Horse Guards Parade
About the work
The contraption to the left of the foreground in this work is a sluice-gate, a wooden plate which slides through grooves into a channel of water (in this case an underground channel), controlling the flow of the water. The purpose of this sluice-gate may be to regulate the water level of the lake in St James’s Park, which can just be seen to the right of the painting.
About the artist
John Chapman was a painter who specialised in architectural views. He exhibited at the Society of Artists and the Royal Academy between 1772 and 1778. Little else is known of him. This painting is attributed to him on the basis of its similarity in style to a painting of Birdcage Walk, which is signed by Chapman.
- England, London, Horse Guards, Downing Street, Whitehall: Kent's Treasury Building, Horse Guards Parade, Whitehall
- horseback, hoop-rolling, topography, genre, townscape/cityscape, tree, dog, horse, man, woman, 18th century costume, dress, military uniform, boots, child, flag, parade, cannon, rifle (military), soldier, church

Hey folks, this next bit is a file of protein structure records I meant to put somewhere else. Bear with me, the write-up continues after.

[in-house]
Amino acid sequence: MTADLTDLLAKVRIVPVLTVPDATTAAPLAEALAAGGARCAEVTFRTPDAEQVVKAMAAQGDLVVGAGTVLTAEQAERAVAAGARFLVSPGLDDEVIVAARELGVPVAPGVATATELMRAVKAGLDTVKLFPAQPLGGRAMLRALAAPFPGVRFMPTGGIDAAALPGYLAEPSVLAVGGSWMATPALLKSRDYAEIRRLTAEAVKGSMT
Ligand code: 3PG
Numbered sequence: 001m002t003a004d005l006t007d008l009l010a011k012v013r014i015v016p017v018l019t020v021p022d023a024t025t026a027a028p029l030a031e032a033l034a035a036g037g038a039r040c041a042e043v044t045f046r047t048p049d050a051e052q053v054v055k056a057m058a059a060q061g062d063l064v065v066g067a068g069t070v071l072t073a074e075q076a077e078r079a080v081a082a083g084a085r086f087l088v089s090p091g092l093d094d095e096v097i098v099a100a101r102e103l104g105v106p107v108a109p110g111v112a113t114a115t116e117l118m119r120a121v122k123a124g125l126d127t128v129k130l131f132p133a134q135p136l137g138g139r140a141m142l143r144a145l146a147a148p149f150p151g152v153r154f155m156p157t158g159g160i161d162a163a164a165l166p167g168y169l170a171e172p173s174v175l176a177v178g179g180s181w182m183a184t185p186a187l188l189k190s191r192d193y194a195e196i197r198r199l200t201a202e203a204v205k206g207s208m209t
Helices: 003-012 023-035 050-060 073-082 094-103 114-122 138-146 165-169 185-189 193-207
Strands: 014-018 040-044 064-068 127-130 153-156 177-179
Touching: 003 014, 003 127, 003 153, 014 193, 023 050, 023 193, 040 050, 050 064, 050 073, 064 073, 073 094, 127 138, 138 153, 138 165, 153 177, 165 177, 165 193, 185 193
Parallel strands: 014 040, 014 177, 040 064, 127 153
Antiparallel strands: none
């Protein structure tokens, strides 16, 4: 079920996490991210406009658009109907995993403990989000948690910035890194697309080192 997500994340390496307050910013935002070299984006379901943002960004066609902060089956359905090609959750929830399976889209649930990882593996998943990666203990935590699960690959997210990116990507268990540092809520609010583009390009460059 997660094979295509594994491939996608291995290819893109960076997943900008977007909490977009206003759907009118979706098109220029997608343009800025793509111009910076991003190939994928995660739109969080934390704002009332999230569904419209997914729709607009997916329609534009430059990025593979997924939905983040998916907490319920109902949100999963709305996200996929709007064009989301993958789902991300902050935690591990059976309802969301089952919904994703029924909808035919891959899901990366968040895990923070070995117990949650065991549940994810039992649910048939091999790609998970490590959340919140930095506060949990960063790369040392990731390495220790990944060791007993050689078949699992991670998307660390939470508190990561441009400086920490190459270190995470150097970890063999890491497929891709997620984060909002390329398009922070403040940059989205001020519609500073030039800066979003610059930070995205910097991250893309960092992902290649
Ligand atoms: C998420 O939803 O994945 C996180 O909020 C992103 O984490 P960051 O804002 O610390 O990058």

- Horse Guards Parade
- Oil on canvas
- height: 89.50 cm, width: 135.00 cm
- Purchased from Oscar & Peter Johnson, July 1977
- Collection of Lieutenant Colonel H. W. Lloyd; by whom sold through Sotheby's, London, 'Important English Eighteenth and Nineteenth Century Paintings' sale, on 19 November 1969 (Lot 29), as 'The Horse Guards Parade' by Samuel Scott, for £3400; from which sale purchased by Leger Galleries, London; with Oscar & Peter Johnson, London; from whom purchased by the Department of the Environment in July 1977
- GAC number